There is a special room in the prison education department with 30-or-so computers for this purpose. The inmate generally has access whenever s/he is not working.

Come the new game: While I was at FPC Pensacola, Florida, the TRULINCS’ system came there. I assumed it was pretty much the same thing. I was wrong. Someone in the system, or perhaps it was their scheme all along, saw the opportunity to have the inmates themselves divulge all of their contacts to a forever-memory computer system.

Clever. Very clever, and diabolical.

In addition to the e-mail service itself, the prison authorities now have centralized on-line the inmate’s commissary account info, their phone and email list info, and their general snail-mail list.

An inmate enters on their computer all the names of anyone they wish to contact. You cannot put a letter in the prison mailbox without that label. Prisoner censors reading outgoing and incoming mail are notoriously slow and arbitrary meaning weeks can go by before letters are sent and replies received.

The closely monitored prison email system takes about an hour to get to the addressee, and another hour once sent back. [FE note: Sometimes days!] One is, of course, free to opt out of the process. At which point you have no access to pretty much anything.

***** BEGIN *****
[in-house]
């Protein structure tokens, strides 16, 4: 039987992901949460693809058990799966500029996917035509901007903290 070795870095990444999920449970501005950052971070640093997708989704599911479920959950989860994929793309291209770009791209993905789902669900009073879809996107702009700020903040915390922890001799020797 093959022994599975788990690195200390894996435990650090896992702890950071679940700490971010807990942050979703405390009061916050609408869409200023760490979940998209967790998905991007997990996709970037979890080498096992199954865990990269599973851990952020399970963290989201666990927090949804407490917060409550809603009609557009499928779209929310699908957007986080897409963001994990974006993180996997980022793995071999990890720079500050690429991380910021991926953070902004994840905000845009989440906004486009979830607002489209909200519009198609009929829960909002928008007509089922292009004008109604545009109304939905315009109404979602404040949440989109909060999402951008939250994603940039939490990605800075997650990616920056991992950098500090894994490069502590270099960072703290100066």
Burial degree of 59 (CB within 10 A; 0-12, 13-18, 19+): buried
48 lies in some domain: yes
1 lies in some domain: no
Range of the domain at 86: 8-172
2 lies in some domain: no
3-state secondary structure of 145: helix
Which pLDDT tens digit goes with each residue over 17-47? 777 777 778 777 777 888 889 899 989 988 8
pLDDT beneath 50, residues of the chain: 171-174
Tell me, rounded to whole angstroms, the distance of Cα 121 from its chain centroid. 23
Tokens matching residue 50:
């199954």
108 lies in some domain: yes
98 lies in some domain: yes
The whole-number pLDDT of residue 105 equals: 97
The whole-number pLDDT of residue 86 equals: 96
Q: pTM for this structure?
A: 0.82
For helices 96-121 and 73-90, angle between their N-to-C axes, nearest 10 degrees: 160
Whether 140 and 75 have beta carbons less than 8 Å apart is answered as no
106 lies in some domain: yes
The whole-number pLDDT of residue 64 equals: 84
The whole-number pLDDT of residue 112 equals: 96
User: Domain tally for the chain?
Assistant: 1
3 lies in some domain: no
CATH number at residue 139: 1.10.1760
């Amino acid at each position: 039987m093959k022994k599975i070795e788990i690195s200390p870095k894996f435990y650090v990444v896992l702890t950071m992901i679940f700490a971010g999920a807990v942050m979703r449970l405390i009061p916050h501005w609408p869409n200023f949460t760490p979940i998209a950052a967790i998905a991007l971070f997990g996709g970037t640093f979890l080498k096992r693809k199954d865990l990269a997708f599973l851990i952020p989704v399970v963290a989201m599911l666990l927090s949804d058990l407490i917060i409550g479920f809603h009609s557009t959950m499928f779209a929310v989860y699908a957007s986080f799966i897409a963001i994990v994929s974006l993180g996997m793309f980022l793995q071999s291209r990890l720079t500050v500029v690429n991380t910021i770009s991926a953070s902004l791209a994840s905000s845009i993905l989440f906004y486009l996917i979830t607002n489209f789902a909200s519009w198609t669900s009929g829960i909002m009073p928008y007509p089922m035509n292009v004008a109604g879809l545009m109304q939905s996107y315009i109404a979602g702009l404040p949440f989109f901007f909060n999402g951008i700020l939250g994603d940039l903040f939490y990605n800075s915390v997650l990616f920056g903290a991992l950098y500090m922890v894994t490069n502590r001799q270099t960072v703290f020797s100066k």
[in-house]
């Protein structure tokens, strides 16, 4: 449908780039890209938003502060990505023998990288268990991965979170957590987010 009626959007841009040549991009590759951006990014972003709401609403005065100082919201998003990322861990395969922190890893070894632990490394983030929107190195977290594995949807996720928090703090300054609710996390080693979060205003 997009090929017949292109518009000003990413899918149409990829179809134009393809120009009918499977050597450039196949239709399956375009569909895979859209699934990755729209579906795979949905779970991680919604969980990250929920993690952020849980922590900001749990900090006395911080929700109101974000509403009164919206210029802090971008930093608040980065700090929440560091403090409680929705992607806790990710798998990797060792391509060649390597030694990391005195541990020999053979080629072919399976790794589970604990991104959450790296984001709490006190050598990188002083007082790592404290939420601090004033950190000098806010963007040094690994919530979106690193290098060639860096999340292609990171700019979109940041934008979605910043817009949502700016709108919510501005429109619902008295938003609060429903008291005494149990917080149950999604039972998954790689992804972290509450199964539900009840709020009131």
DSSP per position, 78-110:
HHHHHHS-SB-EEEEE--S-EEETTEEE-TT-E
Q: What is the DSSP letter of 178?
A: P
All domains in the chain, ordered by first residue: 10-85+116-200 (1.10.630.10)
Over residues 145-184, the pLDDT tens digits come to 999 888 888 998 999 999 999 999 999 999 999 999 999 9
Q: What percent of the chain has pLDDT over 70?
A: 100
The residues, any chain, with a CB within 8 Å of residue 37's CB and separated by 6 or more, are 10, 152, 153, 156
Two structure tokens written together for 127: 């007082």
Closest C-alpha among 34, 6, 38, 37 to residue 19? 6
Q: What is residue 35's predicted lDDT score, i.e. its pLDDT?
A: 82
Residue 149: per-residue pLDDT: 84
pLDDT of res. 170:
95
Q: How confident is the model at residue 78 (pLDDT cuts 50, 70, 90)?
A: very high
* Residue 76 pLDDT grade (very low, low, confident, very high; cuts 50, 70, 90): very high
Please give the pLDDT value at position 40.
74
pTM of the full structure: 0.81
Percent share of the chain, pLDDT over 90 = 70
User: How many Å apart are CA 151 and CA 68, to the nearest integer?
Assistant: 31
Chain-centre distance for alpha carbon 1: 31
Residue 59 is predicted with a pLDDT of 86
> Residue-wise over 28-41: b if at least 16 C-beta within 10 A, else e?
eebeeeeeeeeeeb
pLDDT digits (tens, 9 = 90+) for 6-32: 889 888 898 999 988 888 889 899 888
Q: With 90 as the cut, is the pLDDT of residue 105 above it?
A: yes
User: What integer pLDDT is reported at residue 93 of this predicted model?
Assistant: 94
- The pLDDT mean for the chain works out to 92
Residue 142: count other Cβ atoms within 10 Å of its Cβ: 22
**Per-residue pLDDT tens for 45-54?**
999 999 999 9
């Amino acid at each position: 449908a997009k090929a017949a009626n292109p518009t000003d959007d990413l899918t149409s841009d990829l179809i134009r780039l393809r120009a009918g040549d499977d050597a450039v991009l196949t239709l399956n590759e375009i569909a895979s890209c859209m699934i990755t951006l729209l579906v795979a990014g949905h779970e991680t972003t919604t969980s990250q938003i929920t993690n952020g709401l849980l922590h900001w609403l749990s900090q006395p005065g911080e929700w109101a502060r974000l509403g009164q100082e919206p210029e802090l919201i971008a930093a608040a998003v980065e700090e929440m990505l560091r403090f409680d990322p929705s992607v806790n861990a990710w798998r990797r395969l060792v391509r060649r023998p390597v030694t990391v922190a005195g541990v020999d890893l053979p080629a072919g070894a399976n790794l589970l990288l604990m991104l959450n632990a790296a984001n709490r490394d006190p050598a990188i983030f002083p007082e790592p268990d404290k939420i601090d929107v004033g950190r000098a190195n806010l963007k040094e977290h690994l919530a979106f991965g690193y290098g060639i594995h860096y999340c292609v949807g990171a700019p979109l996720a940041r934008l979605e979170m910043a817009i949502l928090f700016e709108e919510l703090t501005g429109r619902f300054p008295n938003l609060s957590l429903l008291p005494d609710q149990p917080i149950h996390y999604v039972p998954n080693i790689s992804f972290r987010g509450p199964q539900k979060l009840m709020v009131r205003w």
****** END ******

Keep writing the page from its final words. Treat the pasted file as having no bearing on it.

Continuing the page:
A former federal prisoner

Help Left Bank

Left Bank books has been a collectively-owned and collectively-run anarchist/anti-authoritarian independent bookstore for 36 years.

During this time, hundreds of people in the Seattle area have given their time, energy and creativity to help this important project contribute to our thriving anarchist community

And, thousands of anarchist/anti-authoritarian comrades from the Seattle area and many other places have also contributed to make this an ongoing project by visiting, giving presentations, buying books, and recommending the bookstore to friends and relatives.

However, due to the worsening of the capitalist crisis and its impact on most of the store’s supporters and patrons, Left Bank Books is facing unprecedented financial difficulties. Sales are way down and book distributors are tightening credit terms. It is also facing competition from corporate outlets, such as Borders and Amazon.com.

We very much value this bookstore and the role it plays in providing anarchist-anti-authoritarian books, papers and zines (and much more), and in helping to strengthen our community.

This is why friends of Left Bank Books are working in a variety of ways to try to raise enough money to help this bookstore survive in these hard times. Whatever you can contribute will be greatly appreciated. If you can help out, please send donations of any size to:

Left Bank Books, 92 Pike Street, Seattle, WA 98101. You can also call the store and make a donation with a credit card or buy books at: (206) 622-0195.


  1. Subscribe: Subscribers are a publication’s life blood. If you bought this at a news stand, consider subscribing and buying one for a friend or a library.
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  3. Distribute the FE: Sell or give away current or back issues. Get stores in your area to sell the magazine. Use them for tabling. Take them to events and demos. Bulk back issues are available for the cost of postage. Write us at fe@fifthestate.org for info.
  4. Hold a fundraiser for the FE: A house party or an event not only provides revenue for the magazine, but gets people together that share similar ideas.